© 2021 EPFL

Stress is one of the biggest health risks people have to contend with. But it is not always so obvious when someone is suffering from it and what form that stress takes. Up until now, it has not been possible to measure stress levels in an objective way. Therefore, the invention of a sensor chip that can measure concentrations of the stress hormone cortisol in human sweat can justifiably be hailed as a major breakthrough.

Doctors will in future be able to better understand and treat stress-related conditions, such as burnout and obesity, through near-continuous monitoring.

The small portable sensor was developed by engineers at the Nanoelectronic Devices Laboratory (Nanolab) of the École Polytechnique Fédérale de Lausanne (EPFL) in Switzerland. The device can be attached directly onto a patient’s skin. Doctors will in future be able to better understand and treat stress-related conditions, such as burnout and obesity, through near-continuous monitoring.

Measuring cortisol

The device incorporates a transistor and an electrode made of graphene, which offers a high range of sensitivity due to its unique properties. The graphene is functionalized by aptamers. These are short fragments of single-stranded DNA or RNA that have the ability to bind to specific compounds. The aptamer in EPFL’s device has a negative charge. When it comes into contact with cortisol, it immediately captures the hormone, causing the strands to fold on top of each other. This then moves the charge closer to the electrode surface. The device then detects the charge and can thereby measure the cortisol concentration that is present in sweat.

Stress meter

Cortisol is a corticosteroid hormone that is made in the adrenal cortex from cholesterol. Its secretion is regulated by the adrenocorticotropic hormone (ACTH), which is produced by the adeneohypophysis.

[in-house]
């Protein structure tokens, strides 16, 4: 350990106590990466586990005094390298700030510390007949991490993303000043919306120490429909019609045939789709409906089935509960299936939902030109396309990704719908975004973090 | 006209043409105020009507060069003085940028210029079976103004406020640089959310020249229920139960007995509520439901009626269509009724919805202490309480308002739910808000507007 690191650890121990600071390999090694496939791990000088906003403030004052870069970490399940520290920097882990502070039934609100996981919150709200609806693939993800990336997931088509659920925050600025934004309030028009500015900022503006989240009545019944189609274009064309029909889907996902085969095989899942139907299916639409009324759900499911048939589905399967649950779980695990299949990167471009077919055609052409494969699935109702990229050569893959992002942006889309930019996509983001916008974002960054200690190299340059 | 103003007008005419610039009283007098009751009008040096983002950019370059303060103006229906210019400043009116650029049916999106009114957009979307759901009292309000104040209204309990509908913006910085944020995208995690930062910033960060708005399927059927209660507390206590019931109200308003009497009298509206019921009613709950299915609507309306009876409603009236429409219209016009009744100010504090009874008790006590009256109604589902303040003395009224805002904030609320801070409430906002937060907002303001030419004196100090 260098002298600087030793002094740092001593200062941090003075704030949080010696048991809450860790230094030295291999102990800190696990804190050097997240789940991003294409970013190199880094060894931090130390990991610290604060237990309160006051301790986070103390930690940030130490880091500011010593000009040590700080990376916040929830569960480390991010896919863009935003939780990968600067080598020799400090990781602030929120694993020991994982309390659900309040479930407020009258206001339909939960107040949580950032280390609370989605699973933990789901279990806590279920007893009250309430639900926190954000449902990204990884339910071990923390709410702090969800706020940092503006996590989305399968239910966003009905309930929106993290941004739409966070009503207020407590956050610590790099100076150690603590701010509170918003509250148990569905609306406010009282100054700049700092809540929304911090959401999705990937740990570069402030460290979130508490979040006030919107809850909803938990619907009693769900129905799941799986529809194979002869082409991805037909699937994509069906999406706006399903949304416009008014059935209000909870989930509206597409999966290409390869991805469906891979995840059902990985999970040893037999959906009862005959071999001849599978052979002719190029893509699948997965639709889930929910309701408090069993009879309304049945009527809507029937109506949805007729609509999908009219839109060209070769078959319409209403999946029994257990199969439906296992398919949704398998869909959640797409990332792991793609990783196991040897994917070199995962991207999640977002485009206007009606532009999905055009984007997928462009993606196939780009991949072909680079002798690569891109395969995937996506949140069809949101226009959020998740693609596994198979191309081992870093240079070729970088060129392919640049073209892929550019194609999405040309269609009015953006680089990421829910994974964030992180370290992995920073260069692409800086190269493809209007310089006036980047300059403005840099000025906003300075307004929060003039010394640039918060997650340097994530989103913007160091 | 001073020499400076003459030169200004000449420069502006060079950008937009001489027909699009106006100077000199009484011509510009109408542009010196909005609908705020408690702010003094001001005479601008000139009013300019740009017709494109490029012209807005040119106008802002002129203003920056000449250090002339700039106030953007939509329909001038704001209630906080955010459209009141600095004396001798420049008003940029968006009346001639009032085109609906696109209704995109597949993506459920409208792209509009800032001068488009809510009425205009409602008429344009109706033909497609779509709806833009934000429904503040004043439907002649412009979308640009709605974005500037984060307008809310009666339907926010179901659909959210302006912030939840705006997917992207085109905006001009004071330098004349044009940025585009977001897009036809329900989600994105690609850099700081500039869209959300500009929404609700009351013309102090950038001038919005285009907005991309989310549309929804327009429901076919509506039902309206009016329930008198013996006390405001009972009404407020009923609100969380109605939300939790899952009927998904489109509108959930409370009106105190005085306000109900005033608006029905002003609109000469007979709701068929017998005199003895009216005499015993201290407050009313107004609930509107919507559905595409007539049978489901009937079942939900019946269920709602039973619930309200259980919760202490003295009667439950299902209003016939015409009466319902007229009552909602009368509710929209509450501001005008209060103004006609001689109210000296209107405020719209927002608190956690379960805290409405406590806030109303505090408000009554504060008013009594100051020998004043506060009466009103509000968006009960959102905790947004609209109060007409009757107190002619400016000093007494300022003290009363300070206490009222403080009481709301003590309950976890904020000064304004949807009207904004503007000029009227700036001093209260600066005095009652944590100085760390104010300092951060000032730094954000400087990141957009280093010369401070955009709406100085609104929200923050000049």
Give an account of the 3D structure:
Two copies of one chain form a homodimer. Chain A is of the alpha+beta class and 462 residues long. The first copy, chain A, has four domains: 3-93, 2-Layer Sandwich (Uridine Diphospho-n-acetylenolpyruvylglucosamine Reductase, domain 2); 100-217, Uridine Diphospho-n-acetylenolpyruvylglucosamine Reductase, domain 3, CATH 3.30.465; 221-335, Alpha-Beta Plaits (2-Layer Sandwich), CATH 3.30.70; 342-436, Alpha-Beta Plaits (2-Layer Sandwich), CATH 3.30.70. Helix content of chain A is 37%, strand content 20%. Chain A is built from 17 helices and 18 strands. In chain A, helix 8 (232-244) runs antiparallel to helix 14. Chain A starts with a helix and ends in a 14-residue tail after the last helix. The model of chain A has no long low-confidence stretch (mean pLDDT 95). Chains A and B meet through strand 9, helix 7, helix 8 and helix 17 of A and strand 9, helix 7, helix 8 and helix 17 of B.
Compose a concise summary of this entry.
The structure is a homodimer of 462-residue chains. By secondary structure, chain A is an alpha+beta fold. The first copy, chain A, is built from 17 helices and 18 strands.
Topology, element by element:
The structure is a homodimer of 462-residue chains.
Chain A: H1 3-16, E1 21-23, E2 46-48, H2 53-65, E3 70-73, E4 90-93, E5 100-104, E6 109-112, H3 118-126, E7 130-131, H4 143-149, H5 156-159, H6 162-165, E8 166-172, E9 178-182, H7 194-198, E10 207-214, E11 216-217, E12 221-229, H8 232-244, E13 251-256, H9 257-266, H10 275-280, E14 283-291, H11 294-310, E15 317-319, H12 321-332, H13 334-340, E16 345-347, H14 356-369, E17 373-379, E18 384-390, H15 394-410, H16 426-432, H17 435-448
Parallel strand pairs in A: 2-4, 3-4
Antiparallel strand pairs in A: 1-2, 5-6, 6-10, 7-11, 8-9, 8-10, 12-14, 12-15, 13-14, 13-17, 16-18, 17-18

Cortisol performs essential functions in the human body, such as regulating metabolism, blood sugar and blood pressure. It also affects the immune system and cardiovascular functions.

When a person finds themselves in a stressful situation, cortisol is the hormone that takes over. It instructs the body to send needed energy to the brain, muscles and heart. When the body makes too much or not enough cortisol, it can seriously damage an individual’s health. This in turn potentially leads to obesity, cardiovascular disease, depression or burnout.

Read about another invention that measures heart rate variability here.

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About the author

Author profile picture Ewout Kieckens is a Dutch journalist in Rome who writes about Italian lifestyle and culture. He has written books on diverse subjects such as the Vatican and Italian design. He is very interested in innovations, especially Italian contribution to progress.